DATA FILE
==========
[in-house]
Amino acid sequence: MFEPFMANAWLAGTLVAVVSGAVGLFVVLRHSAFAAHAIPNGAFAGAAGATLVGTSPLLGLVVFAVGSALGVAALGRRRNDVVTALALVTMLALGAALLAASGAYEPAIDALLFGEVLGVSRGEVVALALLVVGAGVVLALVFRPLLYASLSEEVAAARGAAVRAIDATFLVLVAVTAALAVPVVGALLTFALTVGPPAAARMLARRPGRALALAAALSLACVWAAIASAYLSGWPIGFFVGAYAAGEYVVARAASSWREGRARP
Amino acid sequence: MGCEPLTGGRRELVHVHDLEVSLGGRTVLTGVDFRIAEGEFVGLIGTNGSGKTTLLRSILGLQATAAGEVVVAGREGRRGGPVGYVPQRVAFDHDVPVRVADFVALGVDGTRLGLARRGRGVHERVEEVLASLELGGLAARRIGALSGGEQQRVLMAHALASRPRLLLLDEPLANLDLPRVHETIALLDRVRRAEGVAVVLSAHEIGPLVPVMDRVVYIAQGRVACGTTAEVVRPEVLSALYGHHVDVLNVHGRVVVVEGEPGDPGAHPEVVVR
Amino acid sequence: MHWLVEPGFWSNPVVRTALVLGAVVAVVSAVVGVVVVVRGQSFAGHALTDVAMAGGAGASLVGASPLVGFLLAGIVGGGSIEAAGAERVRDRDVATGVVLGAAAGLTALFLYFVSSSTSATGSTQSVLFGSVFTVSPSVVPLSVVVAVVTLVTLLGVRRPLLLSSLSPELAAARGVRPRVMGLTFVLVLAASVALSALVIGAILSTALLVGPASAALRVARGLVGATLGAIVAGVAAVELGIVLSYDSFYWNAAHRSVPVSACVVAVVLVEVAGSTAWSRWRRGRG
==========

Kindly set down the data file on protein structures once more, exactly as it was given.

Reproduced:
[in-house]
Amino acid sequence: MFEPFMANAWLAGTLVAVVSGAVGLFVVLRHSAFAAHAIPNGAFAGAAGATLVGTSPLLGLVVFAVGSALGVAALGRRRNDVVTALALVTMLALGAALLAASGAYEPAIDALLFGEVLGVSRGEVVALALLVVGAGVVLALVFRPLLYASLSEEVAAARGAAVRAIDATFLVLVAVTAALAVPVVGALLTFALTVGPPAAARMLARRPGRALALAAALSLACVWAAIASAYLSGWPIGFFVGAYAAGEYVVARAASSWREGRARP
Amino acid sequence: MGCEPLTGGRRELVHVHDLEVSLGGRTVLTGVDFRIAEGEFVGLIGTNGSGKTTLLRSILGLQATAAGEVVVAGREGRRGGPVGYVPQRVAFDHDVPVRVADFVALGVDGTRLGLARRGRGVHERVEEVLASLELGGLAARRIGALSGGEQQRVLMAHALASRPRLLLLDEPLANLDLPRVHETIALLDRVRRAEGVAVVLSAHEIGPLVPVMDRVVYIAQGRVACGTTAEVVRPEVLSALYGHHVDVLNVHGRVVVVEGEPGDPGAHPEVVVR
Amino acid sequence: MHWLVEPGFWSNPVVRTALVLGAVVAVVSAVVGVVVVVRGQSFAGHALTDVAMAGGAGASLVGASPLVGFLLAGIVGGGSIEAAGAERVRDRDVATGVVLGAAAGLTALFLYFVSSSTSATGSTQSVLFGSVFTVSPSVVPLSVVVAVVTLVTLLGVRRPLLLSSLSPELAAARGVRPRVMGLTFVLVLAASVALSALVIGAILSTALLVGPASAALRVARGLVGATLGAIVAGVAAVELGIVLSYDSFYWNAAHRSVPVSACVVAVVLVEVAGSTAWSRWRRGRG